My name is Nathaniel Broadbent I prefer to go by Natu. I’m 15 years old and live in a small community called Manitou Rapids. Compared to where I live now I use to live in a southern city called London Ontario I lived there all my life however I do not remember over half of my life only small little glimpses of good things that happened but I believe it’s good I don’t remember the bad parts the only reason I lived in London was because my father was a victim of the sixties scoop and my dad was adopted to a British family in Timmins Ontario and my father was actually on his way to Sarnia Ontario for a job and met my mom in Strathroy Ontario and they pretty much stuck with each other forever still together this day my mom was a big change in his life my dad has been looking for his birth family for 38 plus years and found his mother 5 years ago and their first time meeting was the first time his mother has ever touched him after 30 something years of not knowing if he was alive until 2015 when she got an email saying her son was trying to find where his mother is and if she was still alive but now after a few years my whole family moved up to Manitou Rapids.
Marcel Horton was raised in his community of Rainy River First Nations/Manitou Rapids, where he currently resides with his wife and two children.
Marcel holds strong ties to his home and has worked throughout his adult life in positions of employment that would allow him to support his community, whether that be suring his time as both an OPP and First Nations police constable, community Education Counsellor, or community leader during his tenures as a Council Member. Being active in the community has helped ground Marcel in the realities and challenges that face many First Nations and the need for all to work collaboratively to ensure the community is home, a safe place, a place of acceptance, understanding and support for its Members.
Marcel believes in the importance of experience and education and encourages Members to step out beyond the community limits to gain work experience, life experience and pursue further education and training when the opportunities arise. These skills, strengths and gifts can be brought back to support a healthy, stronger community and can provide encouragement and support to others in their journeys.
Marcel is learning and sharing his gifts and has embarked on living a healthy lifestyle tied to culture and traditional teachings. The outdoors are his passion and he can be found in the bush with his family.
The programs we have are working really well the weeks are filled with programs we have a support circle every monday we have homework help every wednesday and every other tuesday we have our youth council meetings the programs have brought so many youth together and honestly the most I’ve seen them smile.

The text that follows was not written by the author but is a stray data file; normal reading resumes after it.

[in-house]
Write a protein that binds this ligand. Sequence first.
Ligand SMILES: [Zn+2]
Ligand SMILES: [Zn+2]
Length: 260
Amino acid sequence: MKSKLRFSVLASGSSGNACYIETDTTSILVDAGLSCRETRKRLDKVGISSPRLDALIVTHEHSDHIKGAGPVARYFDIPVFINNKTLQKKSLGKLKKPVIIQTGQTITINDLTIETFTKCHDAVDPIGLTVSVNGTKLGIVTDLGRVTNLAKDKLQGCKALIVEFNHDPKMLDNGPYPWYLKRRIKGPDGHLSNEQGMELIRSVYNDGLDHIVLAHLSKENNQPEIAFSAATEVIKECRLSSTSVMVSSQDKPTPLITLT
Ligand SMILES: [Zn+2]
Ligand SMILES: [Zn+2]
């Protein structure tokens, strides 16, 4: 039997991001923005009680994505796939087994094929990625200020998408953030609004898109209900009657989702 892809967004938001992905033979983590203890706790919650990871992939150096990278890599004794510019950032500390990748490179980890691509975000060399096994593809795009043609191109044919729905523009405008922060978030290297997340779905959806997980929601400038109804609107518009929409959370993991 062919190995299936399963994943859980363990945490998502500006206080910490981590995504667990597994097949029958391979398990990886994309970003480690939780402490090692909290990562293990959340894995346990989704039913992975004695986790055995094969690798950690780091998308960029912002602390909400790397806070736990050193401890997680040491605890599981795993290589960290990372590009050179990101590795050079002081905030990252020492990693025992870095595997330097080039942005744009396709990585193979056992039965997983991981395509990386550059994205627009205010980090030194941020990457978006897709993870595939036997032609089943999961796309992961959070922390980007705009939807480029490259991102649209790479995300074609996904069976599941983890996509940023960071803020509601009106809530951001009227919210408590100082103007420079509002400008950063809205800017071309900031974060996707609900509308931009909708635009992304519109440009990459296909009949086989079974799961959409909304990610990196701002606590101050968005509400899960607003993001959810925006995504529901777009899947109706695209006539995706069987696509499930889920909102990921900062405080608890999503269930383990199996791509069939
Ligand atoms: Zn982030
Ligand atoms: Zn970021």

Boozhoo Drea nidizhinikaaz.I am in grade 11 at the Red Lake District High School.My goal for after high school is to become a Native Language teacher.
My name is Sheridan Marcellais and my traditional name is Zhooniiya Binesiikwe. I live in Red Lake and I want to become a mental health counsellor.
My name is Lorrie Rolland.I am the Wasanabin worker, (Ojibway meaning to look ahead), at the Red Lake Indian Friendship centre.This role allows me to work with Urban Indigenousyouth 13-18.
I am married and have 2 boys, 14 and 12.I moved to Red Lake in 2002 and fell in love with the place and the people, it is my home.I was born and raised in Newfoundland amerced in culture, however, it was not until I left did, I learn about my Mi’kmaq ancestors.
It is a privilege and an honour to work with the youth in my community and to help foster culture, identity and support.
My name is Michelle Kowalchuk and I am a lifelong resident of the Red Lake Community. I am a mother, wife, daughter, sister, and aunt. I enjoy being active with my family and within the community. I work as the Four Directions Graduation Coach at the Red Lake District High School. My job is to provide mentoring and guidance to First Nation, Metis and Inuit students to ensure that they are provided with a nurturing and safe environment, which supports them as they work towards graduating from high school.
Our goals for our community project are to educate and connect youth with culture, and to raise awareness on Indigenous issues. Some of the activities we are planning are; beading/mini-moccasin making teaching/activity, day out on the land, sweat lodge and a feast. We are also planning to launch our project through a sacred fire where we will share cedar tree, We Matter and our community project information.
Whitesand has also been planning away and is prepared for a floor hockey tournament on February 2nd, and is doing prep work for a youth retreat to Old Whitesand later on in March!